irlines have devised a number of ruthless cost-cutting strategies, from surcharges for extra bags to "standing seats" that force passengers to lean into a saddle-like chair. (Following a storm of complaints, that last idea never got off the ground.) The latest innovation, from American Airlines, is more about speed than cost, however. American has decided that boarding passengers in a random fashion is faster than its former policy of boarding passengers sitting in the back of the plane first, before those in the front. Here, a guide to this new seating scheme:
How does random boarding work?
Economy passengers are assigned to boarding groups based on their check-in time, not their seat position, so when it's time to board, those who checked in earlier board first regardless of where they're sitting. This alleviates gridlock: "You definitely will not have 24 people in four rows boarding [and jockeying for overhead bin space] at the same time," says Scott Santoro, director of airport consulting for American Airlines, quoted by the Los Angeles Times.
How successful is this new boarding policy?
Significantly, if not dramatically. American Airlines, which recently implemented the boarding policy after a two-year study, claims that it shaves three to four minutes off the typical boarding time of 20 to 25 minutes. And some passengers have noticed that planes are leaving the gate more quickly: "Boarding was pretty quick," says Rebecca Mallett in Bizmology.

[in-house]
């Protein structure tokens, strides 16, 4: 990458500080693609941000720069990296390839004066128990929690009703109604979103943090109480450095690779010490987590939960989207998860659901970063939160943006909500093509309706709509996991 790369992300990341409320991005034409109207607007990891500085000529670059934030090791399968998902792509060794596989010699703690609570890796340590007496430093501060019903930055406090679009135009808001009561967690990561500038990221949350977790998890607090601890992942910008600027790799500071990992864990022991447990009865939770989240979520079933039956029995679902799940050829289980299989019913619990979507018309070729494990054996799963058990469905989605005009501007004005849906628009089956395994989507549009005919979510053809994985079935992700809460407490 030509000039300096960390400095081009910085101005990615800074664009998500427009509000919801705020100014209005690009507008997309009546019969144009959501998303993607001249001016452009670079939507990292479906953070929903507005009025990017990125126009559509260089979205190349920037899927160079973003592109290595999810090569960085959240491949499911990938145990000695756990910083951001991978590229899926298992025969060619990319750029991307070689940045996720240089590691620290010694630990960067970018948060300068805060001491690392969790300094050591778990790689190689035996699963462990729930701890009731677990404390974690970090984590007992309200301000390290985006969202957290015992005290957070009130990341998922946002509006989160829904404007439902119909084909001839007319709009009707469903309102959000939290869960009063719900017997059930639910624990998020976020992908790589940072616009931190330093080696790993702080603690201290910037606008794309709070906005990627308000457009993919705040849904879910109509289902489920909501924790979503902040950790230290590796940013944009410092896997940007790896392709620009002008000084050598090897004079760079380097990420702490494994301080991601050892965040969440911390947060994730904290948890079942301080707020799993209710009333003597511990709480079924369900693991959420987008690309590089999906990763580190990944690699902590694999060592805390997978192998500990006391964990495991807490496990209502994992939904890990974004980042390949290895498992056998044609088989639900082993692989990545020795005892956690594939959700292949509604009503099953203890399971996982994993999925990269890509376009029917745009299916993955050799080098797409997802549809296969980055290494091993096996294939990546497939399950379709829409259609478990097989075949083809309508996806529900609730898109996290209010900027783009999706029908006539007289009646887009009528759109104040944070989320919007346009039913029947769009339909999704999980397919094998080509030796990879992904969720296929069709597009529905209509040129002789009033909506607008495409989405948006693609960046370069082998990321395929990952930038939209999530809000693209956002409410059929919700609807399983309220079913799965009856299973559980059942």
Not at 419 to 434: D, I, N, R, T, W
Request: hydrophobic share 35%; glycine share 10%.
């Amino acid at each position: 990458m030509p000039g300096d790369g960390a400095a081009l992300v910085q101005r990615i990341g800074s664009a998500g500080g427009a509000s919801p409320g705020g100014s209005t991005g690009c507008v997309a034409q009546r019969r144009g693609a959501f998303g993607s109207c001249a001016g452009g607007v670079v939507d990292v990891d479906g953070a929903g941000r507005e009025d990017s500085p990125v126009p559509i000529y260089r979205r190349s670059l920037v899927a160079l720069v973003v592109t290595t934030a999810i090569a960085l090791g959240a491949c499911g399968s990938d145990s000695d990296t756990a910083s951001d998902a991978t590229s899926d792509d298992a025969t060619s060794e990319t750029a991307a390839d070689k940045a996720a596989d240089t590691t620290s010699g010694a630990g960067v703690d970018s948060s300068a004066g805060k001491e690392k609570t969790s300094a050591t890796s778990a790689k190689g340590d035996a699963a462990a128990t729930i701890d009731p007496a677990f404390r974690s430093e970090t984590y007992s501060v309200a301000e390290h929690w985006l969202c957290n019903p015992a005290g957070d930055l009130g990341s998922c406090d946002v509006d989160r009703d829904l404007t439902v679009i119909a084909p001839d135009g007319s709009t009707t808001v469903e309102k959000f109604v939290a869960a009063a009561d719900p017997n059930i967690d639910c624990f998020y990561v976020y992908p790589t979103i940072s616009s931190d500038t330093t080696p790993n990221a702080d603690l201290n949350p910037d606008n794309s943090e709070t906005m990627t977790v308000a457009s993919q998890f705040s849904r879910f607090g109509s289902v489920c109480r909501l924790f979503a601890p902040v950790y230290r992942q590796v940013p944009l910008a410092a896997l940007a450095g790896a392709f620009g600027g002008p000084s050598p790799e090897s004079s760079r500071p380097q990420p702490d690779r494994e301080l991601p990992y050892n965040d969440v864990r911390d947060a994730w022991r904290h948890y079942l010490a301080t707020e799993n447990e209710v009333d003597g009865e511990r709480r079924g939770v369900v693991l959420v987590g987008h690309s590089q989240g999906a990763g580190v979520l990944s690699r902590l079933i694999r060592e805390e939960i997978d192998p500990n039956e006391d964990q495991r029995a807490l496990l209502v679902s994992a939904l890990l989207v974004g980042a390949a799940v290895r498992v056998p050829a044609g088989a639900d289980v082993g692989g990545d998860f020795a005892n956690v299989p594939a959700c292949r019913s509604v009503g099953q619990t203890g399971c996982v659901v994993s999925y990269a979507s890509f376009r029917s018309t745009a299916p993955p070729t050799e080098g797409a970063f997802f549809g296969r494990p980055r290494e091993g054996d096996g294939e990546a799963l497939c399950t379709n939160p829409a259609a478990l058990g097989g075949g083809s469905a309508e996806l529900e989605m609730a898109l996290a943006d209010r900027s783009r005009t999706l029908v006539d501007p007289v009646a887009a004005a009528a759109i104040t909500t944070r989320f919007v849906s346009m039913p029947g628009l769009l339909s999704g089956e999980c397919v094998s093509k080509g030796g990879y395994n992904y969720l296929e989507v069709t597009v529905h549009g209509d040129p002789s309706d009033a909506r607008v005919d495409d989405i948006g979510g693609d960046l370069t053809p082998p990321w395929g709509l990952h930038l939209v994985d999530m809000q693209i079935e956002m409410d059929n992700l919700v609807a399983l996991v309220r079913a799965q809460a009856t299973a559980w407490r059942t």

Is everyone happy with this strategy?
No. The Association of Professional Flight Attendants has slammed the new boarding process. "More often than not, the result is congested aisles and flight attendants having to explain to bewildered and already stressed passengers why there is complete chaos in the cabin," according to the group's website. Note that flight attendants' pay doesn't begin until after boarding has concluded — from their point of view, the less they have to manage the process, the better.
Can the system be gamed?
Of course. Pre-printing boarding passes and checking in with a smartphone well before the flight improves your chances of getting assigned to an earlier boarding group. American's "Express Seating" option, which gets you into the first boarding group and a seat at the front of the plane, is available for an extra fee. As always, premium flyers (first and business class, etc.) always board before economy flyers.
What are other airlines doing?
Paying close attention. Though a few other airlines, like Southwest, already have a similar first-come, first-seated seating policy, if American's strategy succeeds, expect to see random boarding spread throughout the industry. Other airlines have adopted a "window-to-aisle" boarding strategy, which American's research also found time-saving, but not as swift as their new random-seating process.
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